@Terdon made an interesting observation in the chat room recently:
The simple truth is that we've never been a site for biologists. Those of us who answer are usually biologists or in similar fields but in my experience, the vast majority of questions have always come from laymen.
There was also a response from @James noting that graduate-level questions generally get fewer upvotes and less attention, although I acknowledge that's only anecdotal.
Recently, this proposal was closed due to an apparent substantial overlap with Biology.SE. When I asked the proposer about this, their reasoning appeared to be that questions on Biology.SE were mostly by laymen and they wanted to create a community for more 'hardcore' questions. Since the proposal was closed, the originator of this proposal has not become a contributor to Biology.SE and I'm not aware of any others from that potential community who joined, so the SE network lost a few dozen professional biologists.
I think both Biology.SE and the SE model in general are great. However, it seems that the fact that a high proportion of the community using Biology.SE consists of laymen could be discouraging professional biologists from joining. This does not affect the value of Biology.SE as a tool for public engagement but could limit its value as a tool for knowledge exchange.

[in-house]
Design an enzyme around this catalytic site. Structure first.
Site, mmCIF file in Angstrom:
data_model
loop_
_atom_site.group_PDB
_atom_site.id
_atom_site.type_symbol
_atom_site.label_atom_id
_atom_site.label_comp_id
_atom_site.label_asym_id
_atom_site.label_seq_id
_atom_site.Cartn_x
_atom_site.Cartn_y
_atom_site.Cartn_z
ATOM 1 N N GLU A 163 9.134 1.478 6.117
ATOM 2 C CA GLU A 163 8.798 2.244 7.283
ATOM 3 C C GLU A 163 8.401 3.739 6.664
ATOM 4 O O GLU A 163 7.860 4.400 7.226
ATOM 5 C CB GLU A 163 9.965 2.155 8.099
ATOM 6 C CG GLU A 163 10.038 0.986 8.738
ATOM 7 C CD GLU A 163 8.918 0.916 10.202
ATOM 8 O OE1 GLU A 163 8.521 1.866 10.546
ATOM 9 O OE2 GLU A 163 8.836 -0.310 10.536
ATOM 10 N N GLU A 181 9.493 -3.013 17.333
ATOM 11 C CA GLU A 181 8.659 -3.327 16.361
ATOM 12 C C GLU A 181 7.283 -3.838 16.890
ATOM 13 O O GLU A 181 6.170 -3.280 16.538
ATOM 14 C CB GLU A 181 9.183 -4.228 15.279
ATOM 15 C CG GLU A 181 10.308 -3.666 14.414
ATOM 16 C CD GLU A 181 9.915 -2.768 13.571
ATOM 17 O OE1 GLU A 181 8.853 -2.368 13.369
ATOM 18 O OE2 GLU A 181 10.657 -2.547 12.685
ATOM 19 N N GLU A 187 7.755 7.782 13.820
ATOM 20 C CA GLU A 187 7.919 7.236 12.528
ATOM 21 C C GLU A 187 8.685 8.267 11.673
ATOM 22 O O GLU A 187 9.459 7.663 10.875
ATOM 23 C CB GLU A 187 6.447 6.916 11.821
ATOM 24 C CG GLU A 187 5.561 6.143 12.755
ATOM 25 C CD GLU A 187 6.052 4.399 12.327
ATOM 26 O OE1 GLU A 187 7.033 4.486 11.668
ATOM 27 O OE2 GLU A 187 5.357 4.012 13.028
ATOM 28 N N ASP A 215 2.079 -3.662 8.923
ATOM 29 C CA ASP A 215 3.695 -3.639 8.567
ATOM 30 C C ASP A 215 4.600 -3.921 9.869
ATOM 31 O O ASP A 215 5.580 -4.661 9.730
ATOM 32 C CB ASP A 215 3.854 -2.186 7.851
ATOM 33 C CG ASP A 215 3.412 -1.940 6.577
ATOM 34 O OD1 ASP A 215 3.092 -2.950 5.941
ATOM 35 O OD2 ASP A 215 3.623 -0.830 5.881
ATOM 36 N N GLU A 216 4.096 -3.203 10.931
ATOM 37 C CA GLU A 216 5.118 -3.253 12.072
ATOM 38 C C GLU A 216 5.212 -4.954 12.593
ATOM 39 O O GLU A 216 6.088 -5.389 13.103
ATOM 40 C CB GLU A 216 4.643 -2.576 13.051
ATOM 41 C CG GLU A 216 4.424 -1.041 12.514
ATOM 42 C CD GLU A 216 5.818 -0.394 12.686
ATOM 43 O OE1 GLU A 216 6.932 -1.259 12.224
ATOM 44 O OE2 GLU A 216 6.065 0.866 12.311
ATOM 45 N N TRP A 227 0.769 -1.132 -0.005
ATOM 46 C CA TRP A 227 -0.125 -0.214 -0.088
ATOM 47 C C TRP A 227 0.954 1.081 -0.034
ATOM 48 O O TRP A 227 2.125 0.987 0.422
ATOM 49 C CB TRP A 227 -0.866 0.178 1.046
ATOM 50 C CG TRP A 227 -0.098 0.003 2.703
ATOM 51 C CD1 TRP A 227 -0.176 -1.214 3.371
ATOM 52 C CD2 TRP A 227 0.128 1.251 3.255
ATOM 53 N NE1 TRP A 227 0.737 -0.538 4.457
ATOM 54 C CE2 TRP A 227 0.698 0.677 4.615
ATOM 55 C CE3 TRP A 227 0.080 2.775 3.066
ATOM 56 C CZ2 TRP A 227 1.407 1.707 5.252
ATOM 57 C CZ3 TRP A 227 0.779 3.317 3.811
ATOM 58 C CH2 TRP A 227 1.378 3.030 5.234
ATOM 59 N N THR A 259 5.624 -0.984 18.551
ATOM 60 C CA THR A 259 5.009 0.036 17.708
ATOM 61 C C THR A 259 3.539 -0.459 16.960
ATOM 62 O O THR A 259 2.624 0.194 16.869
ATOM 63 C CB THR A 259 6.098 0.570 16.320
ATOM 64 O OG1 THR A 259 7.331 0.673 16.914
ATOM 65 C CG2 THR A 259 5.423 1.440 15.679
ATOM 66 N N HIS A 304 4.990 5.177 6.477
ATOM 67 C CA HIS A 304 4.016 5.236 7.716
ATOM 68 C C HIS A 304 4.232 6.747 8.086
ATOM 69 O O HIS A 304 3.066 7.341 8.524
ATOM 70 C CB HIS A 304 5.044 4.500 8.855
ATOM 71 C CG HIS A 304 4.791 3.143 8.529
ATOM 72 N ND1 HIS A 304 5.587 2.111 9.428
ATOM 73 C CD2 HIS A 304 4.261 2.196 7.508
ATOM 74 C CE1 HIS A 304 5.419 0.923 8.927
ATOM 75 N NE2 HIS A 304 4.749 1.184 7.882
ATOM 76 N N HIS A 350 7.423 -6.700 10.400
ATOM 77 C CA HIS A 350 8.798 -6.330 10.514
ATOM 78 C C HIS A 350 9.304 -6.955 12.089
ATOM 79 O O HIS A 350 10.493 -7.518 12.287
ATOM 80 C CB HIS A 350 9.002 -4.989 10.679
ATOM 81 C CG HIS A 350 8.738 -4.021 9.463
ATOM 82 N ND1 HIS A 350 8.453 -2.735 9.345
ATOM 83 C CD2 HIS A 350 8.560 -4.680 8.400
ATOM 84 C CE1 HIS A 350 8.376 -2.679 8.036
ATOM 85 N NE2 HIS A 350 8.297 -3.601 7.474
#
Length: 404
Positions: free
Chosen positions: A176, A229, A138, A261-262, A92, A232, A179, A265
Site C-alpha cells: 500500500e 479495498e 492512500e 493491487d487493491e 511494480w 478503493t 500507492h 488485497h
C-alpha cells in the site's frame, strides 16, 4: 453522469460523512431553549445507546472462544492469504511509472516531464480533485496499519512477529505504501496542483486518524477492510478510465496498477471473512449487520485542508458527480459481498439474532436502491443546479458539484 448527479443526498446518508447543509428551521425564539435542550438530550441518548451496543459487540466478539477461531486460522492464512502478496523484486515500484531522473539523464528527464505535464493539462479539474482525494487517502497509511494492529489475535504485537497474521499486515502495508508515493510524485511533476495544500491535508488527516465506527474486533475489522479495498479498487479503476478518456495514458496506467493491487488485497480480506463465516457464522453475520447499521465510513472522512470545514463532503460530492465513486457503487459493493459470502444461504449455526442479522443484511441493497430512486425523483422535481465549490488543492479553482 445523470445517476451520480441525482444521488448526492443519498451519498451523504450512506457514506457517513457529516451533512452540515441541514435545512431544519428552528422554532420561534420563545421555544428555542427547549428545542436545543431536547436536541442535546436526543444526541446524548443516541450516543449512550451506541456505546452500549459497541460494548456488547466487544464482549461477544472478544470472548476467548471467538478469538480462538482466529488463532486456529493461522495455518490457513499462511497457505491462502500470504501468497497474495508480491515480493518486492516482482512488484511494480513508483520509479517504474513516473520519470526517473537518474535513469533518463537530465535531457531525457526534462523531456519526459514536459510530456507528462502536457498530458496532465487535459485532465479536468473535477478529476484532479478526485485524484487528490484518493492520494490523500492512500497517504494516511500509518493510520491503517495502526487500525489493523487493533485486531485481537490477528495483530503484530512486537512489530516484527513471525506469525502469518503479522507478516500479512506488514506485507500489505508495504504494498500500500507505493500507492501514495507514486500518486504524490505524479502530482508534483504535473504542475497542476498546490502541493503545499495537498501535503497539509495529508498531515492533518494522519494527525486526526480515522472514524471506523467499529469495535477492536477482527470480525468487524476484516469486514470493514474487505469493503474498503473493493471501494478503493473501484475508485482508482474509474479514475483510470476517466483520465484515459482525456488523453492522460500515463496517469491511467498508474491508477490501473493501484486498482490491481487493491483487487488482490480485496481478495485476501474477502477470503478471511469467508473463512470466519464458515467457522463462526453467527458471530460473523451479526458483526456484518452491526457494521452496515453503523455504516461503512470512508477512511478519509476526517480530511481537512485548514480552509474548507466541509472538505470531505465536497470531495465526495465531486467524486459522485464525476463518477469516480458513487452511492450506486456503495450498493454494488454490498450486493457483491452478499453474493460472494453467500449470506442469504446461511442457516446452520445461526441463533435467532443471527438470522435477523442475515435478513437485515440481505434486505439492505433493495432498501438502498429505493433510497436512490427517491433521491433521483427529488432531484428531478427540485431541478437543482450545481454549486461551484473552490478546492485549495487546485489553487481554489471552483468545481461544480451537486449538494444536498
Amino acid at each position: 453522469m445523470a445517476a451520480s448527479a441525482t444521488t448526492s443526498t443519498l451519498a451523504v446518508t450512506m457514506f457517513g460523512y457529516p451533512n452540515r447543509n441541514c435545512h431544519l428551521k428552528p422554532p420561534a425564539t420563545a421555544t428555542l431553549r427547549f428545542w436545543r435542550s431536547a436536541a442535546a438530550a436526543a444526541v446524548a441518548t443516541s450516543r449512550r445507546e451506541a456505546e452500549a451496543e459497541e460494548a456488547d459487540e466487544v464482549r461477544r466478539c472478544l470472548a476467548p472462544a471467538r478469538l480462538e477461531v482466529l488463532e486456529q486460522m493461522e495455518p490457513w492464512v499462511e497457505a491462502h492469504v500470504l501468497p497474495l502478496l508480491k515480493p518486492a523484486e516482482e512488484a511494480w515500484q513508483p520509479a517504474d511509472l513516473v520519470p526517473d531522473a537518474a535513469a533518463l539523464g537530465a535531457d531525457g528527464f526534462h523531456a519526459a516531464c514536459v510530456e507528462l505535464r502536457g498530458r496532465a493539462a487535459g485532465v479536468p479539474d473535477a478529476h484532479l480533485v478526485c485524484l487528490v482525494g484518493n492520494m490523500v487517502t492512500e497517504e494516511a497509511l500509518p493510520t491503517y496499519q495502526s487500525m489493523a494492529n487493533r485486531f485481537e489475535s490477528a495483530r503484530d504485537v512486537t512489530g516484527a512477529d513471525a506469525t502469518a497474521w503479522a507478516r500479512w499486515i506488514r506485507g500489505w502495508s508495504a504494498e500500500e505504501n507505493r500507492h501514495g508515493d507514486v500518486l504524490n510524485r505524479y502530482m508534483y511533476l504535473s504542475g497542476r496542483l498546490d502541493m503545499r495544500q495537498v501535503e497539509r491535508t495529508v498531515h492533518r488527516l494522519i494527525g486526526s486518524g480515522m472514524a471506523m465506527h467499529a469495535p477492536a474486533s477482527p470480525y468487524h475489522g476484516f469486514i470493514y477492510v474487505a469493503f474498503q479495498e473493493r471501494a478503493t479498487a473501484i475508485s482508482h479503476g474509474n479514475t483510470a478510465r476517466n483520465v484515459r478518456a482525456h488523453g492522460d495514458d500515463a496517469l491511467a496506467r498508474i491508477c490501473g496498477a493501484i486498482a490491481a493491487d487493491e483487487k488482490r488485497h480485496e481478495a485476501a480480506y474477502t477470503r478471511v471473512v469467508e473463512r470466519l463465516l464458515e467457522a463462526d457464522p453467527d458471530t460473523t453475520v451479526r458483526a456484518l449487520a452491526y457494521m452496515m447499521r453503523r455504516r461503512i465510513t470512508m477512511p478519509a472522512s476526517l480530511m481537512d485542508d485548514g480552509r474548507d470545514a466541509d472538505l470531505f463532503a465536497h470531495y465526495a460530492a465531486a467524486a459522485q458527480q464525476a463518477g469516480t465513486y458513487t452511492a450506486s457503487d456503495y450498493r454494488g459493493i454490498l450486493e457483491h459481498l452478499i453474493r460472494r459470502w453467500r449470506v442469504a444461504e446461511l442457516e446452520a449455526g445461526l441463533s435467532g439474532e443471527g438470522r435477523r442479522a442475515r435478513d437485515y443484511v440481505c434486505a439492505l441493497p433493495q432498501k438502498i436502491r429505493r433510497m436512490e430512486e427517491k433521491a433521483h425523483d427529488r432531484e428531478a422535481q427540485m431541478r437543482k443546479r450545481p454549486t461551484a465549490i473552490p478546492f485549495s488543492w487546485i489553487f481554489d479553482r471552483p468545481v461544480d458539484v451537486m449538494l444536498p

Does anyone else think this might be the case, and if so have any thoughts about what, if anything, we need to do about it?
For example, one solution (although I don't really think it's a good one, it's just the first one I can think of) would be to set up a separate SE for biology professionals (ProfBio.SE?).
I have only arrived here recently, but it looks to me as though this has been a recurring issue: Shouldn't we be more tolerant with newcomers and non-biologists?, Should we encourange the relevant questions from non-professionals?